On welfare, the clauses will transfer extensive new powers on the Scottish Parliament, including powers worth £2.5 billion for welfare spending and the powers to create new benefits. Will the Minister confirm that the clauses as drafted respect the spirit and the letter of the Smith agreement and allow the Scottish Government to create new benefits? Will he also explain the process that will now be undertaken to examine in more detail the consequential arrangements to adjust the Scottish block grant to reflect what will now be devolved to the Scottish Parliament?
On job-creating powers, my hon. Friend the Member for Glasgow East (Margaret Curran) has already raised with the Secretary of State, and at Scottish questions, our desire to see the job-creating powers of the Work programme passed to Scotland at the earliest opportunity. It continues to be our view that that could be achieved by using a section 106 order to transfer responsibility to the Scottish Government immediately. That would reduce any uncertainty about the effect of continuing contracts in Scotland and it would allow others to start to remedy the failure of this Tory Government’s Work programme in Scotland, which sees only one in five people into a job. Will the Minister consider again the introduction of those powers now?
Finally, I would welcome more clarity from the Minister on the devolution of the Crown Estate. Will he clarify the process that will be followed to determine the transfer scheme and how long it might take? Will he also explain how the Government will ensure that the Smith commission’s recommendation that the powers be further devolved to our island communities will be seen through? Many in our rural and island communities will want guarantees about the devolution of the Crown Estate and that the powers will be passed to the islands as both the UK and Scottish Governments promised during the referendum.
This is another milestone in Scotland’s home rule journey. The Smith agreement was the response to the call for change that we heard, and today one thing is clear: Scotland will have a powerhouse Parliament.
I very much welcome the hon. Gentleman’s commitment, and indeed that of his party both in Scotland and across the United Kingdom, to the implementation of the Smith commission proposals. The position could not be clearer: whichever party is in government after the next general election, the proposals will be taken forward in the Queen’s Speech.
The hon. Gentleman raised a number of issues. The Prime Minister, the Leader of the Opposition and the leader of the Liberal Democrats have made it very clear that the Barnett formula is here to stay. The discussions on the creation of the fiscal framework will have to take into account the additional revenue raised by the Scottish Parliament. It is very important for MPs from Scotland to make it clear to our colleagues that the Scottish Parliament’s additional ability to raise funds will not be in addition to the block grant that it receives, because an amount still to be calculated will be deducted from the block grant under the Barnett formula.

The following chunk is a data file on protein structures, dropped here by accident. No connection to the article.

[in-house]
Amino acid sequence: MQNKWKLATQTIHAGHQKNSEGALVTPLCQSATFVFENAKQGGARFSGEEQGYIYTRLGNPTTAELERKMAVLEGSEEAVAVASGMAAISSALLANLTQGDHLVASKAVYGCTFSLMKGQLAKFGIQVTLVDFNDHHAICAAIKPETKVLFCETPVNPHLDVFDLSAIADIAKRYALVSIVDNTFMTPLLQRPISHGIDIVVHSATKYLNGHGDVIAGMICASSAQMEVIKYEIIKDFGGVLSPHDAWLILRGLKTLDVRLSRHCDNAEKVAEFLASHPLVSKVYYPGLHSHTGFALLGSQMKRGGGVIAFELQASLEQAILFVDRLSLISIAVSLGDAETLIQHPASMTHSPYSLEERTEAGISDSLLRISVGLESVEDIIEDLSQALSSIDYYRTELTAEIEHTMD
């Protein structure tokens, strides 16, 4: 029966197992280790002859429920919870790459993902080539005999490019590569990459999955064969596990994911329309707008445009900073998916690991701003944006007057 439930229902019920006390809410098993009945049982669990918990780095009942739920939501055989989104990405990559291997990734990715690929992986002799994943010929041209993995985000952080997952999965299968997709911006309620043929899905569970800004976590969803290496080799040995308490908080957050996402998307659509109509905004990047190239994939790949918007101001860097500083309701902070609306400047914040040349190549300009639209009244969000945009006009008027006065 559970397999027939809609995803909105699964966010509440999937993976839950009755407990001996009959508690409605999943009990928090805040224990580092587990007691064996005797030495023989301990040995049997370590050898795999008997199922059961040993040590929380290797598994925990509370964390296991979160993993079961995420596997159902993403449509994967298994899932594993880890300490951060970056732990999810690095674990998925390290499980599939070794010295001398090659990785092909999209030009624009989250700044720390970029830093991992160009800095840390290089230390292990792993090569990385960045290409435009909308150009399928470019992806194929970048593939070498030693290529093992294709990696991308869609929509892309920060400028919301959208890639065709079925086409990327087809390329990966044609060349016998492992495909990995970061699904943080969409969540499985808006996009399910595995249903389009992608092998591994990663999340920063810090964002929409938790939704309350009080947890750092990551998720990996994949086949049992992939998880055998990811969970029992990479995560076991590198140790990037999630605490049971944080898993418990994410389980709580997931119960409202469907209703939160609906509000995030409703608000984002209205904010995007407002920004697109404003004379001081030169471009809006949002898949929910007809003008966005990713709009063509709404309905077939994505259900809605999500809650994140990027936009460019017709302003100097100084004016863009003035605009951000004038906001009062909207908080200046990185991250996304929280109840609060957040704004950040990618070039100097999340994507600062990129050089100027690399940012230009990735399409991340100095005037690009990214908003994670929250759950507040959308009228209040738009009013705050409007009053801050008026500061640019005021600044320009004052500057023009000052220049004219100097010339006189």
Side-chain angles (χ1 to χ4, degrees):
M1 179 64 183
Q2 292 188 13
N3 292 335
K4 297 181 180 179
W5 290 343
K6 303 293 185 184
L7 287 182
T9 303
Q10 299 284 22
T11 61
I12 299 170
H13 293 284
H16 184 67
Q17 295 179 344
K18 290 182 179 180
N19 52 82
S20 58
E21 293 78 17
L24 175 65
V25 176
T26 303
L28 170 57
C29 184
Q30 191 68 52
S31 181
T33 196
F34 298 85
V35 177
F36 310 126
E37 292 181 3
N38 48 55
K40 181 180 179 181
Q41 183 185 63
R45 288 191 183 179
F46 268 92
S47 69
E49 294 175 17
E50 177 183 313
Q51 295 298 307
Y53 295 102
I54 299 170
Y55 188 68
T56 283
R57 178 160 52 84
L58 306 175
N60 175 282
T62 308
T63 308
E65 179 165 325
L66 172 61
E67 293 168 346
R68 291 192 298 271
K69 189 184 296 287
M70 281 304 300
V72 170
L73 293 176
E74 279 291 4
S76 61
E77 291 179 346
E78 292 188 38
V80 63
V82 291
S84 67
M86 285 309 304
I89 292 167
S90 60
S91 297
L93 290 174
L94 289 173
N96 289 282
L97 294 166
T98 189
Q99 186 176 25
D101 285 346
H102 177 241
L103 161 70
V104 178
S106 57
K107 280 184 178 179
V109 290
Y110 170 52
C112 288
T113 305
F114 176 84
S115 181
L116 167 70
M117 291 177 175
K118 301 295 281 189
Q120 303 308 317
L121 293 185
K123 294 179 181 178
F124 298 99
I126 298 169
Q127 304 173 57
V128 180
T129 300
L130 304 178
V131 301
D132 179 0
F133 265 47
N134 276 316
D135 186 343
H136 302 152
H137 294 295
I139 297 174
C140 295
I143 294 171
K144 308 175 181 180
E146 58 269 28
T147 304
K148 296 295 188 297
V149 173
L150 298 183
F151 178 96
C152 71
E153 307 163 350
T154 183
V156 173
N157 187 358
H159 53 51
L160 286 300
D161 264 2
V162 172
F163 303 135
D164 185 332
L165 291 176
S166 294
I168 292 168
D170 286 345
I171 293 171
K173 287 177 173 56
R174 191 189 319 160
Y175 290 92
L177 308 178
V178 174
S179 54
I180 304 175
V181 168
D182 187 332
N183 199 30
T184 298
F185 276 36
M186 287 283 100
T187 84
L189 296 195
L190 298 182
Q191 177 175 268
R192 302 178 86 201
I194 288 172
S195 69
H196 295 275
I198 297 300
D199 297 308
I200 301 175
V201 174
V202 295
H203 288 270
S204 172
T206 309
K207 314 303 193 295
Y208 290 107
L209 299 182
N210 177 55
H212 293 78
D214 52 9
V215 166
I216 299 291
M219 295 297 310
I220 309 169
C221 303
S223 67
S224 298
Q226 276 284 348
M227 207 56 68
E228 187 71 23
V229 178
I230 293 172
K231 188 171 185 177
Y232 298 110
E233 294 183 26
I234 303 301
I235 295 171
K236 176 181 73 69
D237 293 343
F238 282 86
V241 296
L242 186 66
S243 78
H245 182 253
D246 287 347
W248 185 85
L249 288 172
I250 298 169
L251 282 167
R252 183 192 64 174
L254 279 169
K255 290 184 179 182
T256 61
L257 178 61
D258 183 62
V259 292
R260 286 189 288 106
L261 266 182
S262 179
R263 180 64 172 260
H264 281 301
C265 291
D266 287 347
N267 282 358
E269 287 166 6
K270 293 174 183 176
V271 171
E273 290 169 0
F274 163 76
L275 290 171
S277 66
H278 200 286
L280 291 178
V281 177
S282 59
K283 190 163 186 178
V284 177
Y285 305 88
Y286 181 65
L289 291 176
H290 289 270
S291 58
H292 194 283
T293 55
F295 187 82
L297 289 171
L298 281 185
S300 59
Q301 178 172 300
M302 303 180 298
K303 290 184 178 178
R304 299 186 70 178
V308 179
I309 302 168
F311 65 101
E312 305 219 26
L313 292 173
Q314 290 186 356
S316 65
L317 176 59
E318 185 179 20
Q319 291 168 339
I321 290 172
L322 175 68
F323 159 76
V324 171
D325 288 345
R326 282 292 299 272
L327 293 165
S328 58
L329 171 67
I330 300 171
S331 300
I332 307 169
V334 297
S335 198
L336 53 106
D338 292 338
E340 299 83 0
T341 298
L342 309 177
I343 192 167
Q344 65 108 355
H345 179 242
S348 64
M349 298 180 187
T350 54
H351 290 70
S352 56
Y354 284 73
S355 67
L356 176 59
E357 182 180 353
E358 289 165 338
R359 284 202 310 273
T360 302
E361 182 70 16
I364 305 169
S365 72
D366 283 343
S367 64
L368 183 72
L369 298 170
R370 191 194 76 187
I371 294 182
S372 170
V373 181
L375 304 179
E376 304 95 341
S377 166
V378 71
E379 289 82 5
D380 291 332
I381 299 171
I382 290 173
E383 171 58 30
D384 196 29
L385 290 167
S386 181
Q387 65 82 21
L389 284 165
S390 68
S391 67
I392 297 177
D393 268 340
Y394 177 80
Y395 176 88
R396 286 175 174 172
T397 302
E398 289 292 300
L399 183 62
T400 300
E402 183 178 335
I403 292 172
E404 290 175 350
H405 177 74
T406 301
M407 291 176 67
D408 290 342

The hon. Gentleman raised the issue of VAT. The Smith commission clearly made a recommendation on the standard rate of VAT, and the Government feel that it is entirely consistent to apply the same recommendation to the lower rate—the 5% rate—of VAT. That will ensure that Scotland receives 50% of the revenue raised.
The hon. Gentleman raised several issues about the welfare proposals. We and the Scottish Government have established a joint welfare working group at ministerial level—I will co-chair it with Alex Neil, the Scottish Cabinet Secretary with responsibility for such matters—which will take forward some of the issues. I assure the hon. Gentleman that the Scottish Parliament will have full legislative responsibility for the Work programme. As I understand it—I will provide confirmation—my right hon. Friend the Secretary of State has already written to the hon. Member for Glasgow East (Margaret Curran) to set out why he and the Government do not believe that the section 106 route is the right way to transfer the programme. If the letter has not already been delivered, I will ensure that the hon. Gentleman receives a copy.